Did you ever give though to what that Highway Guardrail is actually doing?
The main purpose of a highway guardrail along the highway is to form a safety barrier to help protect a motorist who has drifted off the road.
If a car is running off the road for one reason or another, the best thing that can happen is for that car to come to rest unimpeded.
Sometimes, however, that is not possible and that is where guardrails come in.
In certain places on any given stretch of road, the roadway might have steep embankments or side-slopes next to it, or even be lined with trees.
Utility poles, bridge piers and retaining walls are other obstacles. In these cases, striking a guardrail would be greatly preferable to striking the obstacles, so guardrails are usually installed.
They lessen the severity of a potential crash and make the roads safer.
The guardrail can act in a myriad of ways from deflecting a vehicle back onto the road, slowing it down or stopping it, or in some cases just slowing it down enough and allowing it to proceed past the guardrail.
Guardrails are not a 100% failsafe, but they do help.
Obviously the size of the vehicle and the speed with which it hits the highway guardrail plays a part in how effective the guardrail is in slowing a vehicle.
Before guardrails are installed, engineers weigh all the potential factors to make sure that the placement works as well as possible in all conditions.
The guardrail itself functions as an entire system rather than just stand-alone pieces. Each piece serves a different purpose as part of the whole. Everything from the posts that are driven into the ground to the way the guardrail connects to the post is important and plays a part.
The end terminal and the anchoring system at the end terminal is just as important. But overall, the highway guardrail basically consists of two key parts; the guardrail face and the end terminal.
- The guardrail face is exactly what it sounds like; the part that extends from the terminal along the road. Its function is simple and always the same: to redirect a vehicle that runs into it back onto the roadway.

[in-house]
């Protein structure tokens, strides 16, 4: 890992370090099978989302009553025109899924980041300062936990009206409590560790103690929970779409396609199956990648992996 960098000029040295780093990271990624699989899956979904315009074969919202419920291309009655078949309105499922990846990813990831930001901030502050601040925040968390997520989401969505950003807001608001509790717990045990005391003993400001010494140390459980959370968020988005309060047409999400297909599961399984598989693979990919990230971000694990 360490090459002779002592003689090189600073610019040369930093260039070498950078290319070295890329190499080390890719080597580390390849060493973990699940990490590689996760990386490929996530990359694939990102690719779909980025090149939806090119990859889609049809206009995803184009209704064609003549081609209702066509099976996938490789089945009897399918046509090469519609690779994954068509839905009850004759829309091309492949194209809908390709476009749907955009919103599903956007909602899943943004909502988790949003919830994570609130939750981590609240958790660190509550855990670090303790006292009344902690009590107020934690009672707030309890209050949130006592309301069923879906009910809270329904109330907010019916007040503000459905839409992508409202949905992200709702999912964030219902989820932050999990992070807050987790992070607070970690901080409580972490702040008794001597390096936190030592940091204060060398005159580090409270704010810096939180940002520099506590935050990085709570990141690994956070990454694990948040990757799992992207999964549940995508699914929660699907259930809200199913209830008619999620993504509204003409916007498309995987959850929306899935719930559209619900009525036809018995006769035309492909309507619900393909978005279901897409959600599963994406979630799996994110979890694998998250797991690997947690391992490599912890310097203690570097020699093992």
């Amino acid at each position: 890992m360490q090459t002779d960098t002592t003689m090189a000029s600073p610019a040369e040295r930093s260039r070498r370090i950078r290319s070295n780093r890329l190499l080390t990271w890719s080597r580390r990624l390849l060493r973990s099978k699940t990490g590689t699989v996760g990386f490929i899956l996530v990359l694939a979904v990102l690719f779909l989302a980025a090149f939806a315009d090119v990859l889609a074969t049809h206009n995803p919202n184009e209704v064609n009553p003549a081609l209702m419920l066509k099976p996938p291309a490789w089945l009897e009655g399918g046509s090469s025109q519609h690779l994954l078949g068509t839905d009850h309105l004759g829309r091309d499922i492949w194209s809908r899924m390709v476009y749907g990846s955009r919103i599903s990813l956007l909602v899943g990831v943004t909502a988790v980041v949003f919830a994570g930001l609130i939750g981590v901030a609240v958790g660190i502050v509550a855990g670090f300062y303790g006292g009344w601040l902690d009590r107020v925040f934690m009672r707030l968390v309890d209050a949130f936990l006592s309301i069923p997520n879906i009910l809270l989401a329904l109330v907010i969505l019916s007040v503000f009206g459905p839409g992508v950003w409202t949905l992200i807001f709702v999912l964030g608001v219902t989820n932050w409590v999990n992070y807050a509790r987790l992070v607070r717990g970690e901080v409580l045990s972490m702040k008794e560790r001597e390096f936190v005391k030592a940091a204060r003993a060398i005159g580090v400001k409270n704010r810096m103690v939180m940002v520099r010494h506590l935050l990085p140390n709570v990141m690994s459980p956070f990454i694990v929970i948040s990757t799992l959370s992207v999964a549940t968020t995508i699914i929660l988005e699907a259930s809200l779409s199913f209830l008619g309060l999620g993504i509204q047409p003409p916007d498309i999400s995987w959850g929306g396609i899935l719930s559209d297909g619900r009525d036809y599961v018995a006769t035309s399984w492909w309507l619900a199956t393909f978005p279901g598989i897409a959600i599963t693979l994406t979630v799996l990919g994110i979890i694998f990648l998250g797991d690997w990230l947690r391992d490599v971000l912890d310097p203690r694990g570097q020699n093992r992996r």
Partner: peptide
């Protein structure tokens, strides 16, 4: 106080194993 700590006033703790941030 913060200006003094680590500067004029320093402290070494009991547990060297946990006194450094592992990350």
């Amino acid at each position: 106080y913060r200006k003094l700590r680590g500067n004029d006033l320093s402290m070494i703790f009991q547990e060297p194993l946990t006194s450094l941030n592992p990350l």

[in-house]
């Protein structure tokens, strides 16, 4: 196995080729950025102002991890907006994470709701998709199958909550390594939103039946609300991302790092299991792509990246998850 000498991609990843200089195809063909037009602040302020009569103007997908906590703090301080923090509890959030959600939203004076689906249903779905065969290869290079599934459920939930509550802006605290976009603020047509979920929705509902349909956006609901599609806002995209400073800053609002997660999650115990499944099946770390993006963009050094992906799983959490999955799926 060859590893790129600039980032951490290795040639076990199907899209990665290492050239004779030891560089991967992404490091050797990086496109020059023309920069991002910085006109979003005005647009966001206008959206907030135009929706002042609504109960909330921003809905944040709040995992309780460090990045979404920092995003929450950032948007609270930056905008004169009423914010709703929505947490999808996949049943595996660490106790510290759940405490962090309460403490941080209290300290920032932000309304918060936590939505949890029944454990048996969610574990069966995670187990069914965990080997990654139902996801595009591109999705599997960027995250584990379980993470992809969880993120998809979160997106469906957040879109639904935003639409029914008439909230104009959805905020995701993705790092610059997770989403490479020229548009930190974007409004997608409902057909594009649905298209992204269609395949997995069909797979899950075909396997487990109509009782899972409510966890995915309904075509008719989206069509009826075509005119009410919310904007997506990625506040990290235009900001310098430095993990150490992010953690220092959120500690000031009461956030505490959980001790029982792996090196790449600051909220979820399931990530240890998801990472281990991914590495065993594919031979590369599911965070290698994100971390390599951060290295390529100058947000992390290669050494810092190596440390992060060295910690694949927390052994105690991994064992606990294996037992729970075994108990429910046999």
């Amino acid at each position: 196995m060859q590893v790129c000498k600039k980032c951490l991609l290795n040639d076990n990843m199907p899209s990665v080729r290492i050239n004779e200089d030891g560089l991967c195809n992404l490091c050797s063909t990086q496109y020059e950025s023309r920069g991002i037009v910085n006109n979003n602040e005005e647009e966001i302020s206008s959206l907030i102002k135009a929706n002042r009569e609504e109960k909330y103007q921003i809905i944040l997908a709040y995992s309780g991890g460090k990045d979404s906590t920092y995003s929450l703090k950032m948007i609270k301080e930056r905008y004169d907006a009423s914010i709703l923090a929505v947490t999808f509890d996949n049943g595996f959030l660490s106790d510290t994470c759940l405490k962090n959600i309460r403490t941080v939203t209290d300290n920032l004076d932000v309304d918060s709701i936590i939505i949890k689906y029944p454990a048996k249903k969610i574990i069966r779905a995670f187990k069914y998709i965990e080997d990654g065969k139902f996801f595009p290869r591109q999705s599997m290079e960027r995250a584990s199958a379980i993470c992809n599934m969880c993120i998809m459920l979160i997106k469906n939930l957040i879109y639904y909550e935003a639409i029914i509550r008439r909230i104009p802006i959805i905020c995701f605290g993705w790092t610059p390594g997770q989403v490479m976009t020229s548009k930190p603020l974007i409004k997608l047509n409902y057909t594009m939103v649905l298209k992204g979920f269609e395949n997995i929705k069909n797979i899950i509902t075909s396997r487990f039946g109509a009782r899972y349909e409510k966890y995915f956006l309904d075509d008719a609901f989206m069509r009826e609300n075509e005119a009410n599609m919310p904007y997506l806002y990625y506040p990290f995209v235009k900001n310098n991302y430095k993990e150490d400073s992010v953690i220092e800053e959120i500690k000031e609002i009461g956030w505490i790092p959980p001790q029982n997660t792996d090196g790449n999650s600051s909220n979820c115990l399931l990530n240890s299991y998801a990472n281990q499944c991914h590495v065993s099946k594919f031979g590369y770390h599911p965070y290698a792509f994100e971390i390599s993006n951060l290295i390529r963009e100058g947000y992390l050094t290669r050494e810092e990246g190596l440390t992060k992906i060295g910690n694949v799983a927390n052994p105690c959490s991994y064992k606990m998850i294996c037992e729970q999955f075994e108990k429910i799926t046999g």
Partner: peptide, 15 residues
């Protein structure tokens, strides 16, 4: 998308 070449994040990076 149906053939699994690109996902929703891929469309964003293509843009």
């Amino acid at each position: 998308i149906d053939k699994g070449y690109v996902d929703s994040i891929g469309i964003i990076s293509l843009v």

- The end terminal is the starting and ending point of the guardrail and is also referred to as the end treatment. The end needs to be treated with some kind of energy absorbing treatment because the impact from a vehicle is absorbed and then slides down the rail. The end terminal functions in two ways; if a vehicle hits head-on the impact head slides down the guardrail redirecting it away from the vehicle until the energy from the impact has dissipated and the vehicle has come to a stop. When a car hits at an angle, the impact head may extrude the guardrail or gate out, allowing the vehicle to pass behind the guardrail. So in this instance the guardrail is pushed through, much like the action of a gate opening.
A guardrail system is always put through performance tests before it is actually installed along a roadway. The performance of the system is assessed through crash tests that are done in a controlled environment. You can click here to see more about Highway Guardrail Performance direct from the Federal Highway Administration
Safety professionals use certain criteria to determine if the system meets standards.
The guardrail face test is used to determine if a car is directed back onto a roadway when it meets the rail.
The end treatment tests are then conducted by having a vehicle strike the rail dead-on and also at an angle. This will determine if the system is properly absorbing energy from a vehicle.
For head-on impacts, the end treatment should absorb most of the energy so that the guardrail can gate or extrude, and the vehicle can pass through.
This will slow the vehicle down as it passes behind the guardrail, allowing it to come to rest with minimal damage.
The tests used to test a guardrail system are usually conducted at about 60 MPH, so it is important to understand that if a vehicle hits the guardrail at higher speeds, the system may not operate properly.
Very high speeds are especially troubling because guardrail systems are simply not meant to accommodate vehicles traveling far above posted speed limits.
The faster the vehicle is going when it strikes the guardrail, the more damage might occur because the energy demonstrated is so much more.
Even a guardrail system that is working at peak performance can only absorb so much energy.
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